Thanksgiving to World AIDS Day

Thank you. Thank you for acknowledging the power of a virus to ravage lives. Thank you for extending compassion to every human being, protec...

Wednesday, June 22, 2011

Countdown From 10 Much?

Turns out the new mobile Blogger app showed my posts published but when I couldn't see them on the site, I stopped writing. Turns out the posts were held as drafts so have finally been released, albeit out of order.

Have no fear, the second half of the Top 10 of ALC 10 is on its way...

Top 10 of ALC10 - It's a Ride, Not a Race

**original posting date June 6, 2011**

#6 - the worst part about being such a slow rider is being too tired to write. So forgive me if I wait til tomorrow to fully answer this question...
Day 2 - Santa Cruz to King City 110 miles

Top 10 for ALC10 - Speaking of Gear

**original posting date June 4, 2011**

#8. No, I do not carry all my gear on my bike from point A to point B. Cyclists have the easy job when it comes to gear. Positively wonderful volunteers sign up to schlep 2000, up to 70lb, bags into trucks each morning, drive to the next camp and haul them out again. A roadie is a cyclist's ride hero.

This post dedicated to the 2 former gear crew roadies I love most - my kids, Caitlin and Kyle - and my favorite gear crew roadies on ALC10 - Chad and Toby - who have ridden with me in the past and made it possible for Jon and me to have solo tents for the next 6 nights. My heroes!

Wednesday, June 8, 2011

Halfway to LA


Sunday, June 5, 2011

Top 10 of ALC10 - 30 Years of AIDS

#7. Photographs - Opening Ceremonies of every ride naturally has an enthusiastic air (and lately a lot of Lady Gaga) but when you're riding to end a pandemic of suffering and death and suddenly come face to face with names written on banners and photos pinned to jerseys and bicycle bags and a riderless bike is rolled by...in that moment, a 30 year anniversary isn't one to celebrate. Yet when the eyes are dried, you remember why you came and the photographs become beacons of hope that no more will follow in their path.

Saturday, June 4, 2011

My Little AIDS/LifeCycle Team

Puget Sound Rider teammate Jon, his daughter Liz and her boyfriend Luke (lunch crew) and newlyweds Glen and Mei-yen (honeymoon riders) waiting in the first of many Orientation Day lines. We just came from participating in the 30 years of AIDS group photo. Watch for it on Facebook or aidslifecycle.org


Friday, June 3, 2011

Top 10 for ALC10 - One bag?

#9. Ziploc bags - Yes, that's a free plug for the brand as generics simply won't do. Over the next 2 days, 3000 cyclists and roadies choosing to follow the lead of the experienced are cramming gear into Ziploc bags, squeezing out all air and zipping them tight. This magically simple solution neatly organizes 7 days of ride clothes in a single duffel, protects them against the elements as your duffel sits out in camp waiting for your arrival, and is a safe place to securely stow the toxic aftermath of a day's ride. 2 gallons are pure gold and as easy to find. Freezer style. ziiiiip!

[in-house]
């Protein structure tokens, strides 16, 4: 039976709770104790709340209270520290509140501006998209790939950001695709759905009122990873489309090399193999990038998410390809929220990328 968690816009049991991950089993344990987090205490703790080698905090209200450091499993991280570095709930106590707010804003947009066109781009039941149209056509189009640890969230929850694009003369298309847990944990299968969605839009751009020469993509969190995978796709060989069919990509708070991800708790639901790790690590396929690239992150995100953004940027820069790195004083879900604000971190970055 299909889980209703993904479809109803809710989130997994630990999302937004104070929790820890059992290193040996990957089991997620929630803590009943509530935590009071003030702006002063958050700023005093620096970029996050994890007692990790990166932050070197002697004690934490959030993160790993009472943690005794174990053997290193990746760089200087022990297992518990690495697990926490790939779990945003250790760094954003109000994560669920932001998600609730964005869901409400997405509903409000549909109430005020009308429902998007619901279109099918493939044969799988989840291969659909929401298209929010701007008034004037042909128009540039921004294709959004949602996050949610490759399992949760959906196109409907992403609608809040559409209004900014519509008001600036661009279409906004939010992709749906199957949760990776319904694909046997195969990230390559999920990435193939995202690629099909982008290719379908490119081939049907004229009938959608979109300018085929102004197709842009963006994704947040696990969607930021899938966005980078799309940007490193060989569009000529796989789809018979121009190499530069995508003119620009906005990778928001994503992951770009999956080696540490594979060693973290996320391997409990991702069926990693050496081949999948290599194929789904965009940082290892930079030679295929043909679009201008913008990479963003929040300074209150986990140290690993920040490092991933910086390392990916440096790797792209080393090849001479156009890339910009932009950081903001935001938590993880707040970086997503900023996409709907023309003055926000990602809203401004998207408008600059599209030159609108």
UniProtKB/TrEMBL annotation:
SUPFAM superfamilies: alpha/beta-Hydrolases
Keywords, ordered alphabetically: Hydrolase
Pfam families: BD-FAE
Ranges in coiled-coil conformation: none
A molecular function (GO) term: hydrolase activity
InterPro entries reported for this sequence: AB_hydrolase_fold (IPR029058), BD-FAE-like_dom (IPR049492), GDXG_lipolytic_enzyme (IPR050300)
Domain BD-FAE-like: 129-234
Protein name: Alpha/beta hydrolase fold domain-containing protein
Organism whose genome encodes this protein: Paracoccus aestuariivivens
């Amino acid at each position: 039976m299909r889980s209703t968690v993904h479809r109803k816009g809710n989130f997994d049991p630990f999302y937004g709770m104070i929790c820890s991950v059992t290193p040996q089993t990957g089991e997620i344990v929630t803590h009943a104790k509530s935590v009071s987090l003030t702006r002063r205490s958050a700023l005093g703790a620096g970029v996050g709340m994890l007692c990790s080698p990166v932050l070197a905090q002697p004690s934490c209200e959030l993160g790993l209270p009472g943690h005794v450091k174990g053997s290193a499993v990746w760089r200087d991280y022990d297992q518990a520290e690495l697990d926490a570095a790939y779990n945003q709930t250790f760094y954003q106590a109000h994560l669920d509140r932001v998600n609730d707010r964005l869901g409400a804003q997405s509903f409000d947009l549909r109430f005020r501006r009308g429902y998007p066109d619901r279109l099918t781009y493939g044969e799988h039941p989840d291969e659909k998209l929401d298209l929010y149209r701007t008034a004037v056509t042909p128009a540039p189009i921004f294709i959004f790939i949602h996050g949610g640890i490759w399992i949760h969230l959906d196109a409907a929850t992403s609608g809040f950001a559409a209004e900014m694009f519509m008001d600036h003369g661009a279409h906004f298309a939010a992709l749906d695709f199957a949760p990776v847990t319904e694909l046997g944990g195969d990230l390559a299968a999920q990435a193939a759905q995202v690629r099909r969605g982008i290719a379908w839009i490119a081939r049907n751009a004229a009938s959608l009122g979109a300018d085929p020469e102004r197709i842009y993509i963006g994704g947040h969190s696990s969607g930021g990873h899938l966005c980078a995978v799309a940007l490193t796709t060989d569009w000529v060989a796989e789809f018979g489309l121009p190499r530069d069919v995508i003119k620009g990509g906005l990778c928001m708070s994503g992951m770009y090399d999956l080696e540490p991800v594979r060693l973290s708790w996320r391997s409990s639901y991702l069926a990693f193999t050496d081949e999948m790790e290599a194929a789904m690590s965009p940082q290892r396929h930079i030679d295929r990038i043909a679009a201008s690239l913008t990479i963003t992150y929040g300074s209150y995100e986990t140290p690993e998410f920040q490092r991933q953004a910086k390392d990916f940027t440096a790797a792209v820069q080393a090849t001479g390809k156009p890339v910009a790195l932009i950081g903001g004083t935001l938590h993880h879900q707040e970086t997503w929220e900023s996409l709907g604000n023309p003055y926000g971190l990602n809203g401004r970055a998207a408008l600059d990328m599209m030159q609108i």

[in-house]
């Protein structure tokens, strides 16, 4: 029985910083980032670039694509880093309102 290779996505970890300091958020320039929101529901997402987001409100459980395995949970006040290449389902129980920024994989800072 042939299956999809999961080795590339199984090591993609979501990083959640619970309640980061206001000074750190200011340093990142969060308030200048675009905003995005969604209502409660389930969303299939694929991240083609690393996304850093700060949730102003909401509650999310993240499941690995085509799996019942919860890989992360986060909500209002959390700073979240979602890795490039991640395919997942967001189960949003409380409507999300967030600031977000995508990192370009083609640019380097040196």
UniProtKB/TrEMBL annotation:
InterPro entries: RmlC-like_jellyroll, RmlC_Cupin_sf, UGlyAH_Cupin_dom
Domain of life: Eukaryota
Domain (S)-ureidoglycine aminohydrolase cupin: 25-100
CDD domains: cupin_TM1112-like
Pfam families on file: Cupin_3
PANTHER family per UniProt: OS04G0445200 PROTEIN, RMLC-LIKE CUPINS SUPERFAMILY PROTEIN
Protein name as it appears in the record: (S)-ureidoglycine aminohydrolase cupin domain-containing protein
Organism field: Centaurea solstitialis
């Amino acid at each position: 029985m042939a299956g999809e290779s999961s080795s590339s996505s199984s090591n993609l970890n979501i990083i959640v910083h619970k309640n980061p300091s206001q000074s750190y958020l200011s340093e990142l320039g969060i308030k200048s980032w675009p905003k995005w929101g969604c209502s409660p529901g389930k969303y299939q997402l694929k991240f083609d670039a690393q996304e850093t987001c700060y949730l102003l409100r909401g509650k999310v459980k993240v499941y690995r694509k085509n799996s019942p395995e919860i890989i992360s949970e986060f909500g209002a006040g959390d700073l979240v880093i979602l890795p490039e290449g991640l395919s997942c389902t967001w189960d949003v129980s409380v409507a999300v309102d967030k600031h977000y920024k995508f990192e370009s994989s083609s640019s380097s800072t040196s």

Thursday, June 2, 2011

Top 10 for ALC10

Heading out the door for the 10th anniversary of the AIDS/LifeCycle, I leave you with the first answer to the Top 10 most commonly asked questions about my annual cycling ventures. Stay tuned over the next 10 days as I travel to San Francisco by car, then pedal 540 miles to Los Angeles.

#10. No, we don't ride down I-5. Bicycles aren't allowed on interstate highways, though once, 1000 cyclists on the Montana AIDS Vaccine Ride were allowed to use several closed lanes of I-90 for quite a distance through Montana. That was fun! Check out our entire AIDS/LifeCycle route and step out and give us a cheer if you happen to be nearby.

Thanks to everyone who helped me reach my personal fundraising goal for this ride. The Puget Sound Riders are very close to reaching our $15,000 team goal so if you haven't gotten around to it or feel compelled to give a little more, online donations can still be made all week long. Your participation makes any road smoother for everyone affected by HIV/AIDS.

Wednesday, June 1, 2011

Amazing Grace

I spent Memorial Day on my last training ride this season  – the Seven Hills of Kirkland. If you know me, you know how I feel about hills. Several classic team stories involve my expertise at slow-hill climbing. Yes, I can go 3 mph without tipping over! But then, for this ride, a few angels showed up…

They showed up at breakfast in the form of several teammate/friends that crawled out of bed at a crazy hour on a holiday just to send Jon and I off as the Puget Sound Rider ambassadors on AIDS/LifeCycle.  

It didn’t rain. 

The climbs were long and often painful but the downhills were amazing – smooth, clear, fast and long! 

My favorite coping mechanism for getting to the top is to work through all verses of Amazing Grace in my head (cuz Elizabeth Sanders is the only person I know who can get enough air to belt out a tune on a hill climb!). If I needed any more proof of angels on our route, I need look no further than the top of hill # 6 where there stood before me a bagpiper playing, you guessed it, Amazing Grace.